Prospect - name chosen for the beautiful prospect the locality presented, well-timbered, with waving gums and shady trees.
The Kaurna people lived in small bands across the Adelaide Plains, including the Prospect area, prior to the European settlement.
Establishment of formal government in the Province of South Australia.
First grants of land began in Prospect, Fitzroy and Medindie Gardens.
Prospect Village was one of a number of villages within a few miles of Adelaide. Population mainly involved in agriculture (wheat), dairy farms, lime kilns and timber milling. Lack of water supply and roads were obstacles to early growth. Many deep wells put down. Originally only two main roads - Main North Rd and Lower Main North Rd (later Churchill Rd ). By degrees Prospect Road built, extended, then widened.
Windmill Hotel licensed - served passing traffic to the town of Gawler, and, carts and bullock wagons bringing ore from Burra and Kapunda.
The Irish Harp Inn (now the site of the Reepham Hotel) opened.
Act to appoint District Councils passed.
District Council of Yatala constituted under the Municipal Act.
Ground at North Road consecrated as burial ground. Chapel built in 1905. Among those buried there are Daisy Bates and Sirs Ross & Keith Smith.
Walkerville proclaimed a separate council, Prospect remaining part of the Yatala District Council.
SA Railways opened workshops in Islington providing employment opportunities for Prospect.
Many well-to-do families built fine homes in Prospect, amongst them St Helens, built by James Harrington (shown left). Water now being supplied from Thorndon Park Reservoir - prior to this it was carted from River Torrens.
Wingfield House in Alpha Road built by Alfred Barker; in the grounds was a well, used for watering stage-coach horses before arriving in Adelaide.
Prospect won its petition to become a new Council district.
First Post Office established in John William's Blacksmith Shop & Store on corner of Main North Road & Nottage Terrace.
Nailsworth Public School built - first government school in the district. Building now houses the Prospect Library and the former headmaster's residence next door is the Prospect Gallery Studio.
Prospect , Nailsworth and Enfield Tramway Co. formed - intended to put an end to Prospect's isolation from Adelaide. Initially they used double - decker, horse drawn trams. Original Tram Barn now the Council's Johns Road Depot.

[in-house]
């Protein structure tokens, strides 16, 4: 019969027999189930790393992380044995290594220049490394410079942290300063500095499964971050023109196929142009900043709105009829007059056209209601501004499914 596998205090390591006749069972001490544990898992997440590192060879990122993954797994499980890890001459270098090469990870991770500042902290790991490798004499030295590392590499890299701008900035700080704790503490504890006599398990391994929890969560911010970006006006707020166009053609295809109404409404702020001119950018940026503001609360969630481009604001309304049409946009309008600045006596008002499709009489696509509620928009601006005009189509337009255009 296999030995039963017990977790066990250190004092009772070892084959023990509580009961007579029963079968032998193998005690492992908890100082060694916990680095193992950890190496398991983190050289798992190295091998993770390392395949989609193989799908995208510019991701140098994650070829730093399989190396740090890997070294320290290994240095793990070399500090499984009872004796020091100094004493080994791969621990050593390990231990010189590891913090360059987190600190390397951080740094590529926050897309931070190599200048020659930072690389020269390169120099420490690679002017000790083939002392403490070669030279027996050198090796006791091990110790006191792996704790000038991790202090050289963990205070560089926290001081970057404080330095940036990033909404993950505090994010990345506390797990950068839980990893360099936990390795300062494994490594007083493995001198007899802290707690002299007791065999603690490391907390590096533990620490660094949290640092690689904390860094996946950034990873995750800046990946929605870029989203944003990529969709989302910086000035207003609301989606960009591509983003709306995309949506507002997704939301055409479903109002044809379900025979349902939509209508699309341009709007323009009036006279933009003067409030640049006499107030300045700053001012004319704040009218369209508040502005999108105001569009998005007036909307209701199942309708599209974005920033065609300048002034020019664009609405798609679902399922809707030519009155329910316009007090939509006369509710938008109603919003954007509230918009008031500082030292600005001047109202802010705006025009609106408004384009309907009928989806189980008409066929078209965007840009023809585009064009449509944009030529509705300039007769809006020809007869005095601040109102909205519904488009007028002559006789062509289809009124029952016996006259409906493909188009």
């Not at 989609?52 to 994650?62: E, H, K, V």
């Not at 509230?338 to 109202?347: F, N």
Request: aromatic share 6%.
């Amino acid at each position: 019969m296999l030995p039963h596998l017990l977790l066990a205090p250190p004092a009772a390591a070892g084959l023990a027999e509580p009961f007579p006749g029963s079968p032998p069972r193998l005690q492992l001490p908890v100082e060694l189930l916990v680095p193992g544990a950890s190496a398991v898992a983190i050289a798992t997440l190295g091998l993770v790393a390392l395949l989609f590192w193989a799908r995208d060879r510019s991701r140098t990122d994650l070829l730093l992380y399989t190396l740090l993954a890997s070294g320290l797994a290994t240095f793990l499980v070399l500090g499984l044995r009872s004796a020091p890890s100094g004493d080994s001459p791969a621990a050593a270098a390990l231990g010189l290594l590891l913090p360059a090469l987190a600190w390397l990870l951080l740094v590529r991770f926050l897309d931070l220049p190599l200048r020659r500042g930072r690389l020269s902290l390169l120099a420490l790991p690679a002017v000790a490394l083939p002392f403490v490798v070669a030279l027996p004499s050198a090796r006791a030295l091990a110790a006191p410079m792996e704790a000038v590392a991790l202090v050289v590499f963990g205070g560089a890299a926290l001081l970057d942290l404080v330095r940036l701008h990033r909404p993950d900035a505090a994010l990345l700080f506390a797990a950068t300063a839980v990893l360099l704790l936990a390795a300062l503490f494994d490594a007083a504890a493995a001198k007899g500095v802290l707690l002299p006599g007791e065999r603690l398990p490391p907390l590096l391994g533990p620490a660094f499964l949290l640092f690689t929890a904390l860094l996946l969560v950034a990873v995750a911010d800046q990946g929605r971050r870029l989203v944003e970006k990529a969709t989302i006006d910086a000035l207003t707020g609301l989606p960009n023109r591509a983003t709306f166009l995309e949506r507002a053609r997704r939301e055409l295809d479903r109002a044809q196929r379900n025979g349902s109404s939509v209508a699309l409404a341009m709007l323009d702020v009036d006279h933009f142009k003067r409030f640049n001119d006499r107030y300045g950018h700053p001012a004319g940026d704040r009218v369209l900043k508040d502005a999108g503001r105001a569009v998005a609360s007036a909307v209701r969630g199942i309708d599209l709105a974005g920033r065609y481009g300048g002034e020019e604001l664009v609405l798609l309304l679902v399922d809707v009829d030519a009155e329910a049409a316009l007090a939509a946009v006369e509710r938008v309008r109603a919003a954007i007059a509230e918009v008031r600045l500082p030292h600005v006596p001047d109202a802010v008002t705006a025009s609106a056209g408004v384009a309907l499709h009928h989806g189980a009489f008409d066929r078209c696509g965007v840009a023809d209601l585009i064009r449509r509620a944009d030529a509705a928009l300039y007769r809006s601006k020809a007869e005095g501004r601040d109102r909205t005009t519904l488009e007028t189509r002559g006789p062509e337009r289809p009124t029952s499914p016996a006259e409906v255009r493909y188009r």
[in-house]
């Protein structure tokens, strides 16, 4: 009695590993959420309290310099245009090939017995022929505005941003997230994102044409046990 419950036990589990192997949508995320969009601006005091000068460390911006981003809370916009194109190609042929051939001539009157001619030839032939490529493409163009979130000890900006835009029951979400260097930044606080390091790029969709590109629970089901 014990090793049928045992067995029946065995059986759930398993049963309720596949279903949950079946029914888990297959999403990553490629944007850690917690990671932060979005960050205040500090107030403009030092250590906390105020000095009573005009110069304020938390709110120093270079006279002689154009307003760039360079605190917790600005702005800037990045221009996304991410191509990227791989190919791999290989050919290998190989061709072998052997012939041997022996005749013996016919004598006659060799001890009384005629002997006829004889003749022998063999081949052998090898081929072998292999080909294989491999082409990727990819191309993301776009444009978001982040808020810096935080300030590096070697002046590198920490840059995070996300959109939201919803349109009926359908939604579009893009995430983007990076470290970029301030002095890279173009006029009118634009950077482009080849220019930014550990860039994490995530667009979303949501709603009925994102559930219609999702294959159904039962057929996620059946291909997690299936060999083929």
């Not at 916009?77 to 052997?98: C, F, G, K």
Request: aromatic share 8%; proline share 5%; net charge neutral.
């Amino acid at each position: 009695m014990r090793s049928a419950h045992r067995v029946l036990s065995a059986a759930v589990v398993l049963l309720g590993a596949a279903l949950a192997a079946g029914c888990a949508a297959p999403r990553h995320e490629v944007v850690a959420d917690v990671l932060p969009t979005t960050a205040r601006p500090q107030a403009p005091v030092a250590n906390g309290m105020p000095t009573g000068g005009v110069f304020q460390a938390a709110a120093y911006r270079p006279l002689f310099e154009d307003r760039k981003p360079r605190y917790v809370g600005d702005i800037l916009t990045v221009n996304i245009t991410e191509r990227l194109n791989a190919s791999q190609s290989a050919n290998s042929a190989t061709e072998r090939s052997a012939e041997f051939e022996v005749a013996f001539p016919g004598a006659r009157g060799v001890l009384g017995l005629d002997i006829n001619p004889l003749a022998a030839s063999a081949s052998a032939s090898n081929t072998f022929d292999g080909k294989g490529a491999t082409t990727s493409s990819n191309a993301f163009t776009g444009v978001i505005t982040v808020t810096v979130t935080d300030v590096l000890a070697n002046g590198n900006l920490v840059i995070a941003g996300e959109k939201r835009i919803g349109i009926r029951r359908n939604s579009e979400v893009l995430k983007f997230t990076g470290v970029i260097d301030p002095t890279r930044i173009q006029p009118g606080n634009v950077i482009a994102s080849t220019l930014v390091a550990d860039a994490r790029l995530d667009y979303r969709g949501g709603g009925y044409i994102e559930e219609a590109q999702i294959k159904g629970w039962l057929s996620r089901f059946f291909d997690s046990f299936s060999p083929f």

St. Cuthberts Church built in Clifton Street, was the first church built in Prospect.
District Hall (Town Hall) built at cost of 848. Population of Prospect now 5,000.
Late 1880's - early 1900's, as Prospect developed there was a decline in land under cultivation; migration to the Victorian goldfields took many of the menfolk. Trams, railway and eventually buses meant people could work in the city and live in Prospect, now more suburban.
Prospect Oval opened by State Premier, Mr Kingston. First grandstand built 1922.
Electric lights connected and sewerage established.
A.S. Horne Pty Ltd established.
Heavy rains flooded western end of Prospect forcing Council to seek better drainage solutions.
Yatala Labour Prison breakout by four prisoners resulted in car chase by police and shoot out on Main North Road. Prisoners escaped into Nailsworth School grounds where 2 policemen were injured before their recapture.
Prospect became a municipality; celebrated by an inaugural banquet in Town Hall.
Council adopts an official Coat of Arms to represent the progress from open fields to a City of prosperity:
* Wheat depicting early days of agriculture
* Wings symbolic of progress
* Cornucopia for prosperity
R.M.Williams Pty. Ltd established.
Prospect declared a City.
Prospect City Band began as a boys band.
Centenary of the State - population of Prospect 20,000.
British Tube Mills started business on Churchill Road.
Prospect Council divided district into 4 zones
- residential, shopping, minor trade & factory.
Late 1940s - 50s - Post-war migration.
Northern Community Hospital established on Main North Road.
Royal visit with Queen Elizabeth traversing the city 6 times during her SA stay - she was very enthusiastically received by residents.
Tram service replaced by diesel buses.
New Council Offices opened by SA Governor, Sir Edric Bastyan.
Max Lamshed, published Prospect 1872-1972 100 years of Local Government.
Centenary celebrations held in St Helens Park.
ABC Building in Collinswood opened by Prime Minister Mr E G Whitlam.
St Helens House demolished.
First Prospect Fair.
Prospect Mural Group formed by local residents.
Prospect Public Library opened in former Nailsworth Primary School building.
First Community Arts Exhibition.
Recollections published - documenting personal histories of long standing residents.
* South Australia celebrated Jubilee 150.
* Stobie Pole Project commenced.
* Heritage Collection opened.
* Town Hall upgraded.
Prospect Arts Path begun.
Prospect Art Gallery built and opened with 5th Prospect Community Exhibition.
Heritage Survey conducted to identify significant buildings/areas in Prospect.
Councils of Prospect, Walkerville & St. Peters collaborated in the SWAP Library Network.
Built Imagination Project.
* Ern Sconce Rotary Park opened.
*Reading Room at Prospect Library opened.
* Power lines on Prospect Road undergrounded.
* First Twilight concerts.
Northern Community Hospital closed.
* Whittle Reserve skateboard facility opened.
* First Prospect Portrait Prize.
Prospect Road upgraded.
First Upmarket Fair.
New roadworks on Torrens Road between Fitzroy Terrace and Churchill Road completed.
Civic Centre restoration opened by the Mayor of Prospect Kristina Barnett.
Newly refurbished Civic Centre destroyed in arson attack. Staff working out of the Town Hall until the Civic Centre is rebuilt.
Civic Centre rebuilt and staff relocate back into Civic Centre
For more information visit Local History collection based at Prospect Library, 1 Thomas Street, Nailsworth. Telephone 8342 8170.